Statistical Information on South Korea




Location: Eastern Asia, southern half of the Korean Peninsula bordering the Sea of Japan and the Yellow Sea
Geographic coordinates: 37 00 N, 127 30 E
Continent: Asia
Area: total: 98,480 sq km
land: 98,190 sq km
water: 290 sq km
Climate: temperate, with rainfall heavier in summer than winter
Terrain: mostly hills and mountains; wide coastal plains in west and south
Land use: arable land: 17.44%
permanent crops: 2.05%
other: 80.51% (1998 est.)
Natural hazards: occasional typhoons bring high winds and floods; low-level seismic activity common in southwest
Geography - note: strategic location on Korea Strait

Korea refers to South Korea and North Korea together, which were a unified country until 1948. It is situated on the Korean Peninsula in East Asia, bordering China to the northwest and Russia to the northeast. It is populated by a homogeneous ethnic group, the Koreans, who speak a distinct language (Korean).

Korea was partitioned into two halves following World War II. South Korea, supported by the United States, is now a capitalist liberal democracy, and sometimes referred to simply as "Korea". North Korea, supported by the former Soviet Union, remains a Communist state, often described as Stalinist and isolationist.

The Unification Flag may represent Korea at international sporting events, but is not an official flag of either country.

In ancient Chinese texts Korea is referred to as "Rivers and Mountains Embroidered on Silk" (錦繡江山) and "Eastern Nation of Decorum" (東方禮儀之國). During the 7th and 8th centuries, land and sea trading networks connected Korea and Arabia. Koreans used wooden printing blocks by 751. Metal movable type was invented in Korea as early as 1232 (although clay prints were earlier invented in China), before Johann Gutenberg developed metal letterset type. During the Goryeo period, the silk was considered by China to be the best in the world, and pottery made with blue-green celadon glazes became a coveted Korean specialty. In the Joseon era, Korea presided over progress in traditional arts and crafts, such as white celadon glazes, finer silk and paper, and the creation of the Korean alphabet, hangul. Also during this time the first ironclad warships in the world were developed and deployed in Korea.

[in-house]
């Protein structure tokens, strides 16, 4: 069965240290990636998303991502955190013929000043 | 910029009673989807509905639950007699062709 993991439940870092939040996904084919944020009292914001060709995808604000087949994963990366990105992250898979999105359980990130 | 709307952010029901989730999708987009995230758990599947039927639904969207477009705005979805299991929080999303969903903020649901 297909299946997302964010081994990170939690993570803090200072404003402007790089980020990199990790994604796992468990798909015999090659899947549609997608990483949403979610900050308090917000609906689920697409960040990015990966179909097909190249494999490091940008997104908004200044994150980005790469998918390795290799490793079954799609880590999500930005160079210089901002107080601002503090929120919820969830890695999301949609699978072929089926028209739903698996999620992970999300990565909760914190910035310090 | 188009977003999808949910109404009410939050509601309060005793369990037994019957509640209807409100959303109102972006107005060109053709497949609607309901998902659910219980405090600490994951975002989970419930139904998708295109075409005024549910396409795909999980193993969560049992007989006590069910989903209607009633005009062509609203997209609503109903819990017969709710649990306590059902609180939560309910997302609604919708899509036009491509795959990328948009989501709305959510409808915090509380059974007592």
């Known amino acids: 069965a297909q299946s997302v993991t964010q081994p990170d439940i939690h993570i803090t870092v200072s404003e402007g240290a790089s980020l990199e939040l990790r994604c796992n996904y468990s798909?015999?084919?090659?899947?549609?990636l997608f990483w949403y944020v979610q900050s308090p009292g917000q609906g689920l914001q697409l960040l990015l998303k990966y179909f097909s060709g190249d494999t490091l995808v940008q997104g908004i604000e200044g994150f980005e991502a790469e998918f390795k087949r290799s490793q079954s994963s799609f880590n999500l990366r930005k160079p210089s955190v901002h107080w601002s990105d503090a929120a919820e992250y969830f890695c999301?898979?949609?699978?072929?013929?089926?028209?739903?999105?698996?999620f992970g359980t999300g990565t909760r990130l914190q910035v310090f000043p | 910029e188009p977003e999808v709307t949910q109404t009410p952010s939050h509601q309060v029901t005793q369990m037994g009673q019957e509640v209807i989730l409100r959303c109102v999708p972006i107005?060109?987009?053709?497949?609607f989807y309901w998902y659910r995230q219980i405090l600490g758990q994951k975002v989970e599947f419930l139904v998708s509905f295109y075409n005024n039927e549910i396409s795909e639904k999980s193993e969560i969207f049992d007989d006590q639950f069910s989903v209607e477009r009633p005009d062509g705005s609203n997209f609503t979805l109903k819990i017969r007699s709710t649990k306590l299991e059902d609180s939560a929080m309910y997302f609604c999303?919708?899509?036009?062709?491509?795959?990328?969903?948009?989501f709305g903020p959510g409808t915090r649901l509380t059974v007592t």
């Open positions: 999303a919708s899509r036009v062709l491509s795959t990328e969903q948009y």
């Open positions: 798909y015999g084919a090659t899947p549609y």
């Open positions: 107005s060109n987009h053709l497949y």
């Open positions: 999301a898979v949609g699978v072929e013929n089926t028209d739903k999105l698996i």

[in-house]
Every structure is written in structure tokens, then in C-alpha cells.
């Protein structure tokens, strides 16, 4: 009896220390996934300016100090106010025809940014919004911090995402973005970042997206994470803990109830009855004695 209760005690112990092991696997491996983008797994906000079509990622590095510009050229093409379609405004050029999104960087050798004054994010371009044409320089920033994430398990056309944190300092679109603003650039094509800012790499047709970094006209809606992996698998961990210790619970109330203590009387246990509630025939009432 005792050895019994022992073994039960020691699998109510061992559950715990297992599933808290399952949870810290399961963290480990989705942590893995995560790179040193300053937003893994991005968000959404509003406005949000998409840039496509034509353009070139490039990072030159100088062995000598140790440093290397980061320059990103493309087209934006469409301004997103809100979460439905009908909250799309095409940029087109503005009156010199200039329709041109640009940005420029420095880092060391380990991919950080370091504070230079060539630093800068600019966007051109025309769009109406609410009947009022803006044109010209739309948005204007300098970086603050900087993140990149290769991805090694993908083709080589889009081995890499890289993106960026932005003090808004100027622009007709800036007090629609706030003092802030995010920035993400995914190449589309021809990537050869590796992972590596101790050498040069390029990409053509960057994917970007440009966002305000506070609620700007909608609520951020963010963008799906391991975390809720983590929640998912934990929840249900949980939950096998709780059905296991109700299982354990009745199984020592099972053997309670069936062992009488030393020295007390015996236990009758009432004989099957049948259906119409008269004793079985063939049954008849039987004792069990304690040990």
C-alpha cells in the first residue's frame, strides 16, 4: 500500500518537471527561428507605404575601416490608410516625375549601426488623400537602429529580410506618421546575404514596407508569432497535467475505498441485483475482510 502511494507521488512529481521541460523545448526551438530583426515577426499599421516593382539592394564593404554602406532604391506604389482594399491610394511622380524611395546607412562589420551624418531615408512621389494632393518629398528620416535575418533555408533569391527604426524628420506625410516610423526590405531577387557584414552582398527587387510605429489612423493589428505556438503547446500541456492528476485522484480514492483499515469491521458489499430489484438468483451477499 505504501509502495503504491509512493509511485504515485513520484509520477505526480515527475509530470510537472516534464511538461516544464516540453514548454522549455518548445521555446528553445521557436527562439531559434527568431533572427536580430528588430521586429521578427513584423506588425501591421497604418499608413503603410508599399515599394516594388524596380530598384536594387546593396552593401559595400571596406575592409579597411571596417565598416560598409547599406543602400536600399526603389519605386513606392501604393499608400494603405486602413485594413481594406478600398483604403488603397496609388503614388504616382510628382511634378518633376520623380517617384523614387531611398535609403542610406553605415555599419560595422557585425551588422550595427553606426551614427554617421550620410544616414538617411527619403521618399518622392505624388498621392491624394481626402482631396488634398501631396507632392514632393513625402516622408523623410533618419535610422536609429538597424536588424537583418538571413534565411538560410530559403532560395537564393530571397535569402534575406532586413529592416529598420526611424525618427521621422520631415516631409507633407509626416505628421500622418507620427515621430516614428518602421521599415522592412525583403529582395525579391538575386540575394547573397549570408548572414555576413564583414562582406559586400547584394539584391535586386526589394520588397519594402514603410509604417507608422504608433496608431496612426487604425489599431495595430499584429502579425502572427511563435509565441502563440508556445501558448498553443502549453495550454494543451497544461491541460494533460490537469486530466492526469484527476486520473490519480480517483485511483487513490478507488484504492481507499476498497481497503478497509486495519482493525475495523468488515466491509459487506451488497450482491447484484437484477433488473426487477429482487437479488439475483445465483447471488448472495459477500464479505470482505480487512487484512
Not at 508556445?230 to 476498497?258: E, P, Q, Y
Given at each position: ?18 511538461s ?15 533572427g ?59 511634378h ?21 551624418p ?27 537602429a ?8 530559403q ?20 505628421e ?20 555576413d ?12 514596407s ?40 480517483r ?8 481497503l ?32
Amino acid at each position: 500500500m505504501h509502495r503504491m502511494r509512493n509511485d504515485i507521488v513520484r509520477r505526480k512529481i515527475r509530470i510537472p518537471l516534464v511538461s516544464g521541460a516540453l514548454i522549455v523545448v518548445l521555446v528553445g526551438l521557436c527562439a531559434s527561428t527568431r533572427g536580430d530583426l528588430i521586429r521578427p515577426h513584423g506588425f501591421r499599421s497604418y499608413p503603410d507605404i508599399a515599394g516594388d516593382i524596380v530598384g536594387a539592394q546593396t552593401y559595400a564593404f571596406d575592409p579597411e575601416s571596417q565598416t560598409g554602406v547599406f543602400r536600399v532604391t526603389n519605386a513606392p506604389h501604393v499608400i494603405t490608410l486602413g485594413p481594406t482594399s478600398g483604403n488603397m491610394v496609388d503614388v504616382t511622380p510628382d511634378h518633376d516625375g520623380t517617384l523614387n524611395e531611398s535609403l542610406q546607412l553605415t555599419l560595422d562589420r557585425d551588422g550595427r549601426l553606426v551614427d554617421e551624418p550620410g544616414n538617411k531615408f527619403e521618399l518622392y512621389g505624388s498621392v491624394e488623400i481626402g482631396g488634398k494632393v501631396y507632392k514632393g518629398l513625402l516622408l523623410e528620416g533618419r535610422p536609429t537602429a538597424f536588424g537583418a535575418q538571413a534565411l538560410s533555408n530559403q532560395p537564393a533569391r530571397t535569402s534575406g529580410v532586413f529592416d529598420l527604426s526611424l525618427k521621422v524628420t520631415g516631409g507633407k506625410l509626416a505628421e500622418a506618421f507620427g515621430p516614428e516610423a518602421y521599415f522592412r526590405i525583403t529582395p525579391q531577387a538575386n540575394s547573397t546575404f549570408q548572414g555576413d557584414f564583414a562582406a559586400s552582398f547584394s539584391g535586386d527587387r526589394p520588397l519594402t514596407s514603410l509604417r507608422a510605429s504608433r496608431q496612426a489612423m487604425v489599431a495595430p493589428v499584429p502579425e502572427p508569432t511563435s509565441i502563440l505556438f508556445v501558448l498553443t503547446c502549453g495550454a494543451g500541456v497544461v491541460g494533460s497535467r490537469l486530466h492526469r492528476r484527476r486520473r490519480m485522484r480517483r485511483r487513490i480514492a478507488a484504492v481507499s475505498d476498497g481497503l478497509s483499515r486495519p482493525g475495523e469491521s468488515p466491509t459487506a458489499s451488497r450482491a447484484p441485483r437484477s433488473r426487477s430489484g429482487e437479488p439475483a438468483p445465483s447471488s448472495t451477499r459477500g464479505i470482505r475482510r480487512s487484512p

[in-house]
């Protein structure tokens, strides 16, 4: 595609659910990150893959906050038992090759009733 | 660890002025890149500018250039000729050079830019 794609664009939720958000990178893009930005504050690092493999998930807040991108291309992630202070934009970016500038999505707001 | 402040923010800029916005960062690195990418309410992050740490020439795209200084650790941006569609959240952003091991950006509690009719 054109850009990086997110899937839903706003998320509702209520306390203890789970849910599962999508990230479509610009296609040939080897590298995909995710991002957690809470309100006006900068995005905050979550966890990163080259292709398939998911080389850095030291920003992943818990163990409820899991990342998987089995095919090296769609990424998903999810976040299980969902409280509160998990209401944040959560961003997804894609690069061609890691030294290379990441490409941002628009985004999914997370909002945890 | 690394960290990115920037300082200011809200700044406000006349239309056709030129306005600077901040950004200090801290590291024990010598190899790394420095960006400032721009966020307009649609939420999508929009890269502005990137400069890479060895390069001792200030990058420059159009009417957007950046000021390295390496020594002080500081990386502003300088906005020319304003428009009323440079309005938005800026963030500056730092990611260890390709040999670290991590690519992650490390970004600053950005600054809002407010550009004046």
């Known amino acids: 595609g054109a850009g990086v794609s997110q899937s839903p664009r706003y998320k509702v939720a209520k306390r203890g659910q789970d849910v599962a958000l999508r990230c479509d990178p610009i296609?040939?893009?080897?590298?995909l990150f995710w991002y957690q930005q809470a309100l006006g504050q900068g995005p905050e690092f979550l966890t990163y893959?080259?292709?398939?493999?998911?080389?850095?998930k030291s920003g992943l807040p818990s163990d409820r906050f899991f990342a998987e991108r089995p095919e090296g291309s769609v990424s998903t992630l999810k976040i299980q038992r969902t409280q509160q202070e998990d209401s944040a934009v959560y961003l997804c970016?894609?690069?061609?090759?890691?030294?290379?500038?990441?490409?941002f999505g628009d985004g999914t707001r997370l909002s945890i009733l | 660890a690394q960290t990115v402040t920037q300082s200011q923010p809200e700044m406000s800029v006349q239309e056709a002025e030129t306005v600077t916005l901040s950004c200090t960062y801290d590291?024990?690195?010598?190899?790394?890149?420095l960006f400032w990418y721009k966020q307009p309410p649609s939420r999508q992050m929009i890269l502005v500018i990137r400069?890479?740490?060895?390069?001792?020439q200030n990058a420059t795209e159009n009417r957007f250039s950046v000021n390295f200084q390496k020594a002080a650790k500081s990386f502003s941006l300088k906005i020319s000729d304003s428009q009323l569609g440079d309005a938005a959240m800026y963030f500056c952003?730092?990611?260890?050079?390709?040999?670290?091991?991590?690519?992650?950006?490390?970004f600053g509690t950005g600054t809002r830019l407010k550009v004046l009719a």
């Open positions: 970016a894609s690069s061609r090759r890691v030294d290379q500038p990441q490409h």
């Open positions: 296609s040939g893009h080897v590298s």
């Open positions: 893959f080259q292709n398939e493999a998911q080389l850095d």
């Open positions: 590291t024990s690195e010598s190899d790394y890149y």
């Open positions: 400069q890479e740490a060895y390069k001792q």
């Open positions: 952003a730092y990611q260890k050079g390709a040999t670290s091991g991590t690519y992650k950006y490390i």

Korea is currently divided into the capitalist South Korea and the communist North Korea.

After the Korean War, North Korea's economy rebounded relatively quickly, stronger than that of the South until the 1970s. Since the 1990s, the loss of communist markets in Eastern Europe, poor management, and natural disasters have left the country largely dependent on foreign aid. A famine in the late 1990s likely killed about a million people, although reliable statistics are difficult to come by (Meredith Woo-Cummings, The Political Ecology of Famine: The North Korean Catastrophe and Its Lessons, Tokyo: Asian Dev. Bank Inst., 2001).

In contrast, South Korea after the war remained impoverished into the 1960s, when the dictator-president Park Chung Hee began to funnel investment into chaebol, or family-controlled conglomerates. His rule was marked by the violation of human rights (although on a far smaller scale than in North Korea) as well as by record-breaking economic growth. South Korea now is the 11th largest economy in the world. Presidential elections are held every five years.

Both Korean states proclaim eventual reunification as a goal, and a united Korea is very much a part of Korean ethno-cultural identity.